Agriculture is crucial to all societies, yet most middle school students have few opportunities to learn about it, beyond its origin in the Fertile Crescent. Most U.S. students attend urban or suburban schools, isolated from agriculture. Many students have no idea what a potato, tomato, bean or pea plant looks like, let alone what is needed to sustain it. Ironically, many of these students are descendants of immigrants who brought with them and cultivated old country plants, which gave some comfort in a foreign land and have contributed to contemporary America’s menu and landscape.
Student engagement with agriculture and gardening can not only fill a knowledge gap but also tap in to the affective domain regarding enjoyment, fulfillment, ethics and aesthetics. In school gardening, students will discover relationships between biotic and abiotic factors, the role of cycles such as water, carbon and nitrogen, variables in plant productivity and how best to control them, data collection and dissemination techniques, and uncertainty in scientific investigations. Produce can serve as a springboard for studies in nutrition, cooking, economics, or community service via donation to a soup kitchen, for example. School gardening offers abundant opportunities for authentic learning and assessment.
Don’t have the time or the resources for a full outdoor garden? No problem. Try any of these indoor gardening ideas to whet your students’ appetites.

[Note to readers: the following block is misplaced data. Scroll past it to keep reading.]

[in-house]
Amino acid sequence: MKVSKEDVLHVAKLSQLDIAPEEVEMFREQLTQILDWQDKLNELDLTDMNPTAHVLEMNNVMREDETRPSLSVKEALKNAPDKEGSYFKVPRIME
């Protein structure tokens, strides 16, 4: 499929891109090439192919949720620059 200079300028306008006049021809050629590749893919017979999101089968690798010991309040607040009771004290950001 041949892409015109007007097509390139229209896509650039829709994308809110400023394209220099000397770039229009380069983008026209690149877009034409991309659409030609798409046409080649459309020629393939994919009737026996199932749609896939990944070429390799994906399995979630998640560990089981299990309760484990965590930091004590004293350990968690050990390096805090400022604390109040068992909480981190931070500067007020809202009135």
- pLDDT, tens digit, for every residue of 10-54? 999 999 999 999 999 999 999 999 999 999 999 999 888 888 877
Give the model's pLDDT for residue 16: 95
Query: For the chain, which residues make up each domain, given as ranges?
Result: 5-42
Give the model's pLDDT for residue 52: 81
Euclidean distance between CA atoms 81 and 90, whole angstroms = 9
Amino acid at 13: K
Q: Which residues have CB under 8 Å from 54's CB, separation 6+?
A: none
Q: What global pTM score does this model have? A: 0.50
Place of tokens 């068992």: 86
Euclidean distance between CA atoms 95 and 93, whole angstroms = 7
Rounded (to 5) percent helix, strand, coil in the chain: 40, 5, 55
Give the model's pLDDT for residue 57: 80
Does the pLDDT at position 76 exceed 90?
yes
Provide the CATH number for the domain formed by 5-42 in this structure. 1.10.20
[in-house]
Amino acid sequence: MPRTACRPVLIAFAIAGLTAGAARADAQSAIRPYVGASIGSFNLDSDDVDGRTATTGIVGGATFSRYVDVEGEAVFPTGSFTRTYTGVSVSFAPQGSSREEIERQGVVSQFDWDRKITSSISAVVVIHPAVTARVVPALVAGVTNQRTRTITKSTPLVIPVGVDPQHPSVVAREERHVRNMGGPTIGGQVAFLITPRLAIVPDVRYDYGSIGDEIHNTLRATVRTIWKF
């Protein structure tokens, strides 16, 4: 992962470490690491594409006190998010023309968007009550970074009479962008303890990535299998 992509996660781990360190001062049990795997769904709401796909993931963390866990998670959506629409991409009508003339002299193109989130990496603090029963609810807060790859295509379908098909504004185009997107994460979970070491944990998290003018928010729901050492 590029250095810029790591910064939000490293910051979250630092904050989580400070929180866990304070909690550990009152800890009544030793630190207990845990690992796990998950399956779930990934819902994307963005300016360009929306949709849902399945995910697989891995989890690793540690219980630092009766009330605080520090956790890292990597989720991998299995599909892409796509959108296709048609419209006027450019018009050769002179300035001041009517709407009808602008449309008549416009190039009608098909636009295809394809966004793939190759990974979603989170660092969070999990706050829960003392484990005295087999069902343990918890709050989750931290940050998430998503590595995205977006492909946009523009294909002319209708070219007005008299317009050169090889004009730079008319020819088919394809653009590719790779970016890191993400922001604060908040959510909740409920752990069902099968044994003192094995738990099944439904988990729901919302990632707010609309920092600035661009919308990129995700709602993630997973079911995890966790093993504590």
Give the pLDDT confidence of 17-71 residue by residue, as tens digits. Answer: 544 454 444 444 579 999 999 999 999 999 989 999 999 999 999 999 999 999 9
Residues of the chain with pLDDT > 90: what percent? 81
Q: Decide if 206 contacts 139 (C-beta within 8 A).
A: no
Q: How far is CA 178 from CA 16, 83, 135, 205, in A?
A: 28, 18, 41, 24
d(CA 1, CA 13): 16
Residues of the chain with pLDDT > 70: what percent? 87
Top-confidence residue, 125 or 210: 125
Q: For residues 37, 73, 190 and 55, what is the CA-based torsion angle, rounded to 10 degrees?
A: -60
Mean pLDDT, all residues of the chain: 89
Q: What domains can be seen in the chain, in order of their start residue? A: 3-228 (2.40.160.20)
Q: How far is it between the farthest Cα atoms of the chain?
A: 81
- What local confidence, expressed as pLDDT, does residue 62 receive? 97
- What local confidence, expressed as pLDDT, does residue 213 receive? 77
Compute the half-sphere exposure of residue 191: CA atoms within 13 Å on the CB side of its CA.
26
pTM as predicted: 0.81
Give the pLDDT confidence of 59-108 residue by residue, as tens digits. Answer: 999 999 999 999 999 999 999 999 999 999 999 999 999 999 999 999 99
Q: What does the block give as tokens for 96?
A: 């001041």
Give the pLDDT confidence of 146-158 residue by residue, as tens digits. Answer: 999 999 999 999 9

“To know a plant, grow a plant” is the motto of the Wisconsin Fast Plant Program, a science education outreach program from the University of Wisconsin-Madison. Fast Plants are in the mustard family, are small, easy to grow, and affordable, and have an incredibly short life cycle of about 40 days. From the activities page, we recommend Growth and Development and The Population Explosion.
Creating Herb Gardens: Inspiring Aromatic Adventures
Basic information on how to grow herbs in the classroom is included as well as science and history curriculum connections.
Tulipmania – Growing Flowers to Share
In this activity, students cultivate bulbs, and then practice philanthropy by giving the blooming plants to a community organization or persons of their choice. (This resource of part of the Learning to Give collection.)
Exploring Classroom Hydroponics
This guide features a synthesis of information from hydroponics experts and from people who have explored hydroponics with children in classrooms. It presents basic how-to information, suggestions for helping students discover concepts through investigations, plans for simple hydroponics setups, and stories from classrooms where students and teachers have investigated this growing technique.
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